U.S. and Holy Land church leaders commended U.S. Secretary of State John Kerry for advancing a framework for Israeli-Palestinian peace.
The praise from 40 leaders – all but three from the United States — representing several denominations came in part because of the opportunities it would provide for Christians in the region.
“Given the difficulties involved, a framework for conclusive negotiations seems an essential step if there is to be progress towards a final status agreement,” said the statement posted this week by Churches for Middle East Peace, a Washington-based umbrella body. “Without progress now, we fear an important opportunity for peace will be lost.”
Kerry is set to unveil a framework for continuing the Israeli-Palestinian talks, although leaders in both camps have balked in recent weeks at some of its reported outlines. Palestinian Authority negotiators are rejecting demands that they recognize Israel as a Jewish state, while Israeli leaders are unhappy with its proposals to replace Israeli troops in the West Bank with security technology.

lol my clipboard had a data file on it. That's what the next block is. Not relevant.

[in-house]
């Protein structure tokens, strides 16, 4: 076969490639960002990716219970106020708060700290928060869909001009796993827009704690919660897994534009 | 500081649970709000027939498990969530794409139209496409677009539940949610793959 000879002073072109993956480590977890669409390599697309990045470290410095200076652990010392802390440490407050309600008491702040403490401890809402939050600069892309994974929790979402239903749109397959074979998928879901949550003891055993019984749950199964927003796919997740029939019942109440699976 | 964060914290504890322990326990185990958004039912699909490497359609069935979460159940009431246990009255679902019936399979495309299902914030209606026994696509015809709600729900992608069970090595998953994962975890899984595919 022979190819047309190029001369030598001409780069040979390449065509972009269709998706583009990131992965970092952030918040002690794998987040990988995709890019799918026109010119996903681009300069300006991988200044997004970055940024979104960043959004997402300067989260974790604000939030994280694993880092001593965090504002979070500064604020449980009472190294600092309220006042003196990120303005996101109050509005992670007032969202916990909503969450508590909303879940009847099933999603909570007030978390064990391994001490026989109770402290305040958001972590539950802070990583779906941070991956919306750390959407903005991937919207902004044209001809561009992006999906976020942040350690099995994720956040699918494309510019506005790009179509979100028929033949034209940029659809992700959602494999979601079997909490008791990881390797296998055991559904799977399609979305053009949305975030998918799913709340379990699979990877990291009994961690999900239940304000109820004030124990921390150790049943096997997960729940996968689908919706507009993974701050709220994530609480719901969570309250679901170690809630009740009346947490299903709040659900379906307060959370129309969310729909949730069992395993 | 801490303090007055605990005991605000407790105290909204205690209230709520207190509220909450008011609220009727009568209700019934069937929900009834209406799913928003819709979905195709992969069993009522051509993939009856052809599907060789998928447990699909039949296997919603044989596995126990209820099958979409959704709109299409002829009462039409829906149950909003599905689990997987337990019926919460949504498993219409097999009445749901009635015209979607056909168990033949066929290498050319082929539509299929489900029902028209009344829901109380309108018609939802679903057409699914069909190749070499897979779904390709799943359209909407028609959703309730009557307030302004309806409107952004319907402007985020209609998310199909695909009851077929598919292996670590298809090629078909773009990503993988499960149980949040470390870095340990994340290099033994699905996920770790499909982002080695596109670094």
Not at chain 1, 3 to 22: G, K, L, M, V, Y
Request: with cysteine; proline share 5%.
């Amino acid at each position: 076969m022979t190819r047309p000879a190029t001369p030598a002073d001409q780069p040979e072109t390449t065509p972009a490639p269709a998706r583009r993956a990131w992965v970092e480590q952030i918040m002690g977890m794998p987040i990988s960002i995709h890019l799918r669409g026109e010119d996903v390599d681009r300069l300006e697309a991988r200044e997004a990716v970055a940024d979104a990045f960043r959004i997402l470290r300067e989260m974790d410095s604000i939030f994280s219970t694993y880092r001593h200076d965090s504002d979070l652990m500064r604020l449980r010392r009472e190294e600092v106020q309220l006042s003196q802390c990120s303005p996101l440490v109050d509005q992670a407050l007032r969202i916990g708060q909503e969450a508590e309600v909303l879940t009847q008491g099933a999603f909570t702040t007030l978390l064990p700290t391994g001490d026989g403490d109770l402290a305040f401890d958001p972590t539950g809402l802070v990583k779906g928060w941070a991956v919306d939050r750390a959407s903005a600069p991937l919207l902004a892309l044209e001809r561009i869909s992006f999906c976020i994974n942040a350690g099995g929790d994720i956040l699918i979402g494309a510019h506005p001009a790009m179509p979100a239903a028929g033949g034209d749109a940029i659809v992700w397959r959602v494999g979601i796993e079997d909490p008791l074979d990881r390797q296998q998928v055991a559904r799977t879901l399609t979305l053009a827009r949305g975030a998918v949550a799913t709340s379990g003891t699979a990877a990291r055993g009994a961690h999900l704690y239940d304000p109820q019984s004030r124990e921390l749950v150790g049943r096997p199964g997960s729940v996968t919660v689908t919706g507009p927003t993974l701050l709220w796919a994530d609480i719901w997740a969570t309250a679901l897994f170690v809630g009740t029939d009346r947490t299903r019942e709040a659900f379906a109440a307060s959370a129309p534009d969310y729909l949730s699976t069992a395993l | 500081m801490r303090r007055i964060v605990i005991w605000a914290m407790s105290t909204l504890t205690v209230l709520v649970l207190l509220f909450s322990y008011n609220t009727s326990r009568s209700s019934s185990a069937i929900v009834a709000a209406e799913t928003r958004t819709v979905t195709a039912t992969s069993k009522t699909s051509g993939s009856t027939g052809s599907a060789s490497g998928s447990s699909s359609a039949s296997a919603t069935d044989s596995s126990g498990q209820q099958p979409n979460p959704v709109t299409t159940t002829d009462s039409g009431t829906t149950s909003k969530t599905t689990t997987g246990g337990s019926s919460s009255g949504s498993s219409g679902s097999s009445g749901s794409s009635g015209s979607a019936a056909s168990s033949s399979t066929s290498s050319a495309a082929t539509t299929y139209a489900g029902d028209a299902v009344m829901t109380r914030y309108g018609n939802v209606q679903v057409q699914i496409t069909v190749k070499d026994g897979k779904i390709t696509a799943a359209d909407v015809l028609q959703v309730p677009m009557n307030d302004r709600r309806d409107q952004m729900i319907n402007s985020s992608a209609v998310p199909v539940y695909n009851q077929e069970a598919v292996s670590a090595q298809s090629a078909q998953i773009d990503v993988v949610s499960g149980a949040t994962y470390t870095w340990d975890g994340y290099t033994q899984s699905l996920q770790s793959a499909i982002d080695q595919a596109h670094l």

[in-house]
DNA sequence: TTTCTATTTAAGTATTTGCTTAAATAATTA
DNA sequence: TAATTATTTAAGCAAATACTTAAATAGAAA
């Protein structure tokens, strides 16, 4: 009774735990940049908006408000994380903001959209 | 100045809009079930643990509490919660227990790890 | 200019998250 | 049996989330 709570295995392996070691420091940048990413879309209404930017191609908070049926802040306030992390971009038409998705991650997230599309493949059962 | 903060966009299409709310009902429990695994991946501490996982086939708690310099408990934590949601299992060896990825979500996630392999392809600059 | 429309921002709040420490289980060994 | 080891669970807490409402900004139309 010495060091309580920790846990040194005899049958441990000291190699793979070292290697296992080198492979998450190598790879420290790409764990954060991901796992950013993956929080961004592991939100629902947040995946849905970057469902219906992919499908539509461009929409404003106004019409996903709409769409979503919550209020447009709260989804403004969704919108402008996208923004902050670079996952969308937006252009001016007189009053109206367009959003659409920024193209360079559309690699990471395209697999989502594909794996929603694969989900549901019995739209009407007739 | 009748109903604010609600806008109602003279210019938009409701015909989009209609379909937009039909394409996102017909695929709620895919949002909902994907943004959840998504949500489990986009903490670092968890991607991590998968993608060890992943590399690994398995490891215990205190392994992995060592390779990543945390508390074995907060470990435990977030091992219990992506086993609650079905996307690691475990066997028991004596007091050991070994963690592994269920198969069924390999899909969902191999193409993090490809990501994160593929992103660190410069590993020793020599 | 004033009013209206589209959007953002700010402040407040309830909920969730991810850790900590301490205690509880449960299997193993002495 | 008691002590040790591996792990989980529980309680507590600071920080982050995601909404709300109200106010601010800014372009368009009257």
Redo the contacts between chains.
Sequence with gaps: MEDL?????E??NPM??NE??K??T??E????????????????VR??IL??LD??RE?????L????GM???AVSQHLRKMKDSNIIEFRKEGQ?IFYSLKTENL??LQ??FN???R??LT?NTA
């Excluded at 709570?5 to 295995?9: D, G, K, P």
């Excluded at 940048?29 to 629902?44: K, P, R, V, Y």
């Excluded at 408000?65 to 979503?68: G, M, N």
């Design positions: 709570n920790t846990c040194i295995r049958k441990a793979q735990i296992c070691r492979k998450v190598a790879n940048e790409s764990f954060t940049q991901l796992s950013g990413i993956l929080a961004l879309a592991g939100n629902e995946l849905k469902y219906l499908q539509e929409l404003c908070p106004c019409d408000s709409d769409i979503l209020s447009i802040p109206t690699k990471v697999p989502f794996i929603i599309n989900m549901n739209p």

Churches for Middle East Peace billed the message as the first joint urging for peace by denominations based in Israel and the Palestinian areas, including Roman Catholics, Copts and Protestants, and U.S. denominations, including Roman Catholic, Eastern Orthodox and an array of Protestant church leaders.
“The preservation and welfare of the Christian communities affected by this conflict are important to us,” the statement said. “A comprehensive agreement should greatly strengthen opportunities for them to flourish.”
Churches for Middle East Peace includes Roman Catholic, Eastern Orthodox and mainline Protestant churches. Not represented are a number of evangelical Protestant streams of U.S. Christianity, where pro-Israel sentiment tends to run higher.
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